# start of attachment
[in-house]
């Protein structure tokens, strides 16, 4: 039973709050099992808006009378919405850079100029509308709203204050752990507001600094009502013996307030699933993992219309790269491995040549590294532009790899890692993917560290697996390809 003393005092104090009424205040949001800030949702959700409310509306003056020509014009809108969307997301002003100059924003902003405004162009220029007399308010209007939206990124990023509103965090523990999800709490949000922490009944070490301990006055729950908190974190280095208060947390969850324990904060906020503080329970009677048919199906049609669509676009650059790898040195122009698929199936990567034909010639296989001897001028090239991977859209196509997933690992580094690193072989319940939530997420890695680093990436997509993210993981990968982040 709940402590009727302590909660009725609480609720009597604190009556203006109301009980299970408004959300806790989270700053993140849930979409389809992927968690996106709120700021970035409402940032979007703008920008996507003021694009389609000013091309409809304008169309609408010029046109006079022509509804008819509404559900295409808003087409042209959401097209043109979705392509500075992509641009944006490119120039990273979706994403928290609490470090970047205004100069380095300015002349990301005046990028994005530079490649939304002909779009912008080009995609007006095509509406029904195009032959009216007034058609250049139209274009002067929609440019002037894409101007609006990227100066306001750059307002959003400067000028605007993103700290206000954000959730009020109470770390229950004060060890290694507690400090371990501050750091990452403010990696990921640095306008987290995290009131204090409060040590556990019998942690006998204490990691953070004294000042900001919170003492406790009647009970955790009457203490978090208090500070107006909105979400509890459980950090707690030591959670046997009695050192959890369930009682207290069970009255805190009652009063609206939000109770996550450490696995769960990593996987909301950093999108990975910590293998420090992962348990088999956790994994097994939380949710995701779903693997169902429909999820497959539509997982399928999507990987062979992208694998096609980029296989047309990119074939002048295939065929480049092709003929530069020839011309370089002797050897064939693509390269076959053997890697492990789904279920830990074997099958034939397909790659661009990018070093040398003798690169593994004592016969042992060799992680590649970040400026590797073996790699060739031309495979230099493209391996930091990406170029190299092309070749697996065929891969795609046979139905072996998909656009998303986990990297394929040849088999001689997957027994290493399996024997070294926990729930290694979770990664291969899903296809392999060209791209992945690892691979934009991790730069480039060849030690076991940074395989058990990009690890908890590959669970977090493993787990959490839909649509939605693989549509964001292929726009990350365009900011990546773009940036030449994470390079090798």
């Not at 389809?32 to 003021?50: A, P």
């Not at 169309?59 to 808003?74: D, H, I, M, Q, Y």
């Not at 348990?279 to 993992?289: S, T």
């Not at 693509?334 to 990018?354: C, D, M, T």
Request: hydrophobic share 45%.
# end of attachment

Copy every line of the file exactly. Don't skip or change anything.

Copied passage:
[in-house]
């Protein structure tokens, strides 16, 4: 039973709050099992808006009378919405850079100029509308709203204050752990507001600094009502013996307030699933993992219309790269491995040549590294532009790899890692993917560290697996390809 003393005092104090009424205040949001800030949702959700409310509306003056020509014009809108969307997301002003100059924003902003405004162009220029007399308010209007939206990124990023509103965090523990999800709490949000922490009944070490301990006055729950908190974190280095208060947390969850324990904060906020503080329970009677048919199906049609669509676009650059790898040195122009698929199936990567034909010639296989001897001028090239991977859209196509997933690992580094690193072989319940939530997420890695680093990436997509993210993981990968982040 709940402590009727302590909660009725609480609720009597604190009556203006109301009980299970408004959300806790989270700053993140849930979409389809992927968690996106709120700021970035409402940032979007703008920008996507003021694009389609000013091309409809304008169309609408010029046109006079022509509804008819509404559900295409808003087409042209959401097209043109979705392509500075992509641009944006490119120039990273979706994403928290609490470090970047205004100069380095300015002349990301005046990028994005530079490649939304002909779009912008080009995609007006095509509406029904195009032959009216007034058609250049139209274009002067929609440019002037894409101007609006990227100066306001750059307002959003400067000028605007993103700290206000954000959730009020109470770390229950004060060890290694507690400090371990501050750091990452403010990696990921640095306008987290995290009131204090409060040590556990019998942690006998204490990691953070004294000042900001919170003492406790009647009970955790009457203490978090208090500070107006909105979400509890459980950090707690030591959670046997009695050192959890369930009682207290069970009255805190009652009063609206939000109770996550450490696995769960990593996987909301950093999108990975910590293998420090992962348990088999956790994994097994939380949710995701779903693997169902429909999820497959539509997982399928999507990987062979992208694998096609980029296989047309990119074939002048295939065929480049092709003929530069020839011309370089002797050897064939693509390269076959053997890697492990789904279920830990074997099958034939397909790659661009990018070093040398003798690169593994004592016969042992060799992680590649970040400026590797073996790699060739031309495979230099493209391996930091990406170029190299092309070749697996065929891969795609046979139905072996998909656009998303986990990297394929040849088999001689997957027994290493399996024997070294926990729930290694979770990664291969899903296809392999060209791209992945690892691979934009991790730069480039060849030690076991940074395989058990990009690890908890590959669970977090493993787990959490839909649509939605693989549509964001292929726009990350365009900011990546773009940036030449994470390079090798």
């Not at 389809?32 to 003021?50: A, P």
């Not at 169309?59 to 808003?74: D, H, I, M, Q, Y």
């Not at 348990?279 to 993992?289: S, T």
């Not at 693509?334 to 990018?354: C, D, M, T």
Request: hydrophobic share 45%.